Sunday, 8 August 2010

Funding Scottish universities

It was a little alarming to read in today's Sunday Times (Scottish edition, p2) that Scottish universities seem to be heading for a funding model that makes little economic sense, while rejecting out of hand the one model that - when carefully designed - offers a promising way forward. For the moment, sadly, politics seems to be ruling the roost, and is certainly well ahead of some basic economics in terms of its apparent influence on current thinking. Let me explain what this is all about.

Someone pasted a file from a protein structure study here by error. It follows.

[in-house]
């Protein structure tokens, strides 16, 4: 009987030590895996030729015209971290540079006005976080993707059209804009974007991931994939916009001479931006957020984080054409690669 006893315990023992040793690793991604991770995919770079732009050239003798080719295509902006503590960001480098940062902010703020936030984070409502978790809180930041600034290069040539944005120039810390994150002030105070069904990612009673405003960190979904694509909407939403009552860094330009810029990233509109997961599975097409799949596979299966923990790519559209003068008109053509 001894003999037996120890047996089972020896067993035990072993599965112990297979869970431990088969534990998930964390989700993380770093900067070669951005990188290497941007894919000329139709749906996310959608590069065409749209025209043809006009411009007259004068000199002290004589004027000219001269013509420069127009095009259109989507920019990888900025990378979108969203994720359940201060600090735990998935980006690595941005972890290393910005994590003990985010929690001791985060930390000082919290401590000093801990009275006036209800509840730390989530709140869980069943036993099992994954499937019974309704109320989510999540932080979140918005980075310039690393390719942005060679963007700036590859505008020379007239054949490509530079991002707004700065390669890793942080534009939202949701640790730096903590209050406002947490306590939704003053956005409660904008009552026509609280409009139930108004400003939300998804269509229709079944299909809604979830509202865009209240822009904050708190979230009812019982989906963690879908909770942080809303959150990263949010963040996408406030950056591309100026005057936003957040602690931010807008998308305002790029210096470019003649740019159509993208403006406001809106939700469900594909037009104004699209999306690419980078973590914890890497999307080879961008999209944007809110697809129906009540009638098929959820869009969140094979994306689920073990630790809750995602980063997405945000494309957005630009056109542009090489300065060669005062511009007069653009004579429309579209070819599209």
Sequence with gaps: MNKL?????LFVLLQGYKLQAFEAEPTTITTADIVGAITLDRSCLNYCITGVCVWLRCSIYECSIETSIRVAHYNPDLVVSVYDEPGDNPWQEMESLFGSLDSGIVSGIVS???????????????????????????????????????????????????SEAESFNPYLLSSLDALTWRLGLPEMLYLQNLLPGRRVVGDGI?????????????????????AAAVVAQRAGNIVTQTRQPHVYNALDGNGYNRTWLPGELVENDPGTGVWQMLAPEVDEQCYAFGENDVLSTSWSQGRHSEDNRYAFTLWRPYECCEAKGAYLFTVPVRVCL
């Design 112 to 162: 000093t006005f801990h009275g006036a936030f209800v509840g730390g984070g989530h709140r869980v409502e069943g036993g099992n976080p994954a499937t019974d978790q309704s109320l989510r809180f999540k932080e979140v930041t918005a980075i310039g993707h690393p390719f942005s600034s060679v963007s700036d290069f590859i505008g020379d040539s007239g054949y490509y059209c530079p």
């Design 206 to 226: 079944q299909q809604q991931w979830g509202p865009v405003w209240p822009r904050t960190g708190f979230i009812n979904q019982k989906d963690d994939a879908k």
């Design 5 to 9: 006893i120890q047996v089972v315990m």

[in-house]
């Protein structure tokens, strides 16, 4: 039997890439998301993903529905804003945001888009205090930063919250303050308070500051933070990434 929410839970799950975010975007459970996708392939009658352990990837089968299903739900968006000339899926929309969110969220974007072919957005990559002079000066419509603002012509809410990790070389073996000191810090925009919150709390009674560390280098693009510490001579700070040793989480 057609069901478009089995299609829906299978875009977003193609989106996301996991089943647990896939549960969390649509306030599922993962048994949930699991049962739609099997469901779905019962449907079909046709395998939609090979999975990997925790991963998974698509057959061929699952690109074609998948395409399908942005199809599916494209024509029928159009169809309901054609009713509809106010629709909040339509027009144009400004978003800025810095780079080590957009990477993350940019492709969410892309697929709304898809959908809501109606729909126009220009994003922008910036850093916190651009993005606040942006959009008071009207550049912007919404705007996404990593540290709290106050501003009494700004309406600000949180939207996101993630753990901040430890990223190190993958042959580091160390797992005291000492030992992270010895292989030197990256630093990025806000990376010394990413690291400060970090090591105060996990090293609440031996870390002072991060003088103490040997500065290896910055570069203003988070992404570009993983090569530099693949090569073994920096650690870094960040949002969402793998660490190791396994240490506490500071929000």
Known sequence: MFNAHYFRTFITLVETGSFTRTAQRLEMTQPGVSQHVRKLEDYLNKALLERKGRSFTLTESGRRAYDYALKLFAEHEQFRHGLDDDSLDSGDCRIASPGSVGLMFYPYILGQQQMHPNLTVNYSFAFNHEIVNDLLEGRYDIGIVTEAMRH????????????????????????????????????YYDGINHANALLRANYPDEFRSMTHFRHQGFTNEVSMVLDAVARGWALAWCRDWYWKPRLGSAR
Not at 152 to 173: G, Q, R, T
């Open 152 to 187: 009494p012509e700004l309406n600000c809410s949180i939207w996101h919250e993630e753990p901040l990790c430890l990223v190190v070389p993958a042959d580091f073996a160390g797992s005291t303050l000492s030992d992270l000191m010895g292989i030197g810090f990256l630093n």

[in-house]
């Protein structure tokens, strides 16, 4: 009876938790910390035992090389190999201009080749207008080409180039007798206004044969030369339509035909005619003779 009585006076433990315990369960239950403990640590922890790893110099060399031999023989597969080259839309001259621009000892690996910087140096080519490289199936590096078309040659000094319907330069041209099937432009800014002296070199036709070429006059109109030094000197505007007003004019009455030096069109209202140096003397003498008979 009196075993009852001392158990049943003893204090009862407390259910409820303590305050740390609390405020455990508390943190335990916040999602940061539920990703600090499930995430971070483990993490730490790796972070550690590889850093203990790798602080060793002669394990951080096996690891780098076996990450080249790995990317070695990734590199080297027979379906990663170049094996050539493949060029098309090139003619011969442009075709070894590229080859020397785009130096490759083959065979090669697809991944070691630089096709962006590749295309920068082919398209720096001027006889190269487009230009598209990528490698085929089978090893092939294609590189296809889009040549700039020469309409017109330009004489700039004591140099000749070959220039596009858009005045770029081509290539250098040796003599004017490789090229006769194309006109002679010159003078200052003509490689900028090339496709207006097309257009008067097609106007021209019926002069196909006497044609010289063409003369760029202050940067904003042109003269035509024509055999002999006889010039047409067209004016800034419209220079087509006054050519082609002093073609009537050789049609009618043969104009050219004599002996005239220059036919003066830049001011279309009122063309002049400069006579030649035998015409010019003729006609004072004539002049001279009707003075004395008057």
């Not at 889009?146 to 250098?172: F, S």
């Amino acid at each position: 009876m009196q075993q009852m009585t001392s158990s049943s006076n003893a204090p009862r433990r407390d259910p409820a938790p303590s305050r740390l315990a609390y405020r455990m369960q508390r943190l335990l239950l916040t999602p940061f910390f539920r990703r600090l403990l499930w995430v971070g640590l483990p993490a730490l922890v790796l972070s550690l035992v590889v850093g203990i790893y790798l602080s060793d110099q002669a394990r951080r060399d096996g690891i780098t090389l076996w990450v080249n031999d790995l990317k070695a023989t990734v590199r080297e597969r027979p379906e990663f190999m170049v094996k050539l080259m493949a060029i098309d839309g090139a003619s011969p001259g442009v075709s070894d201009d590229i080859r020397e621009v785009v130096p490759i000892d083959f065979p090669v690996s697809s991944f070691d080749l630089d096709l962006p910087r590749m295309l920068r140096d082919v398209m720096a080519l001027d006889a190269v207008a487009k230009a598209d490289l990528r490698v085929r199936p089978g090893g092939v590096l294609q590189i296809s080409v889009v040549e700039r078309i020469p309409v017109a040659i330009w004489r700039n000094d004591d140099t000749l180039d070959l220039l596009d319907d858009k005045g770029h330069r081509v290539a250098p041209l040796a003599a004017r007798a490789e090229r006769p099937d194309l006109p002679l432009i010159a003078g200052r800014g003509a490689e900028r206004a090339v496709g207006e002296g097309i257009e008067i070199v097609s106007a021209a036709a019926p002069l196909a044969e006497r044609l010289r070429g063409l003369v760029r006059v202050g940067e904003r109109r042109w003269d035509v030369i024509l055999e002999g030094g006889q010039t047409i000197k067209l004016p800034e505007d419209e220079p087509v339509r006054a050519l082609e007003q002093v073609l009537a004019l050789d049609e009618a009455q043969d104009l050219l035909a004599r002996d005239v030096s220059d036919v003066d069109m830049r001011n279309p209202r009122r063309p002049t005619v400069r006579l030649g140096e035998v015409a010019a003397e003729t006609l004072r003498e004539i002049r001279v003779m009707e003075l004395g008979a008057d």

Of course we all know the context, namely tough spending cuts that will shortly be feeding down from the UK government (spending review expected to publish its conclusions in October), through the Scottish government, then down to the Scottish Funding Council, and finally down to the budgets for individual further and higher education institutions. Given the scale of the UK's budget deficit, still exceeding 10% of GDP, and the determination of our new government to get the deficit down to more manageable levels quite rapidly - which I fully support - most UK government departments are likely to find their budgets cut by 10-20%, I imagine, and in a few cases by even more. For Scotland, which has already quite foolishly decided to defer this year's cuts, the budget reductions will in due course be no less severe. Hence it would be more than a little risky for Scottish universities to be planning for budget cuts of less than 10% in the next couple of years. We don't know the real numbers yet, but this indicates roughly the order of magnitude involved. The outcome might be even worse, but is unlikely to be any better than this.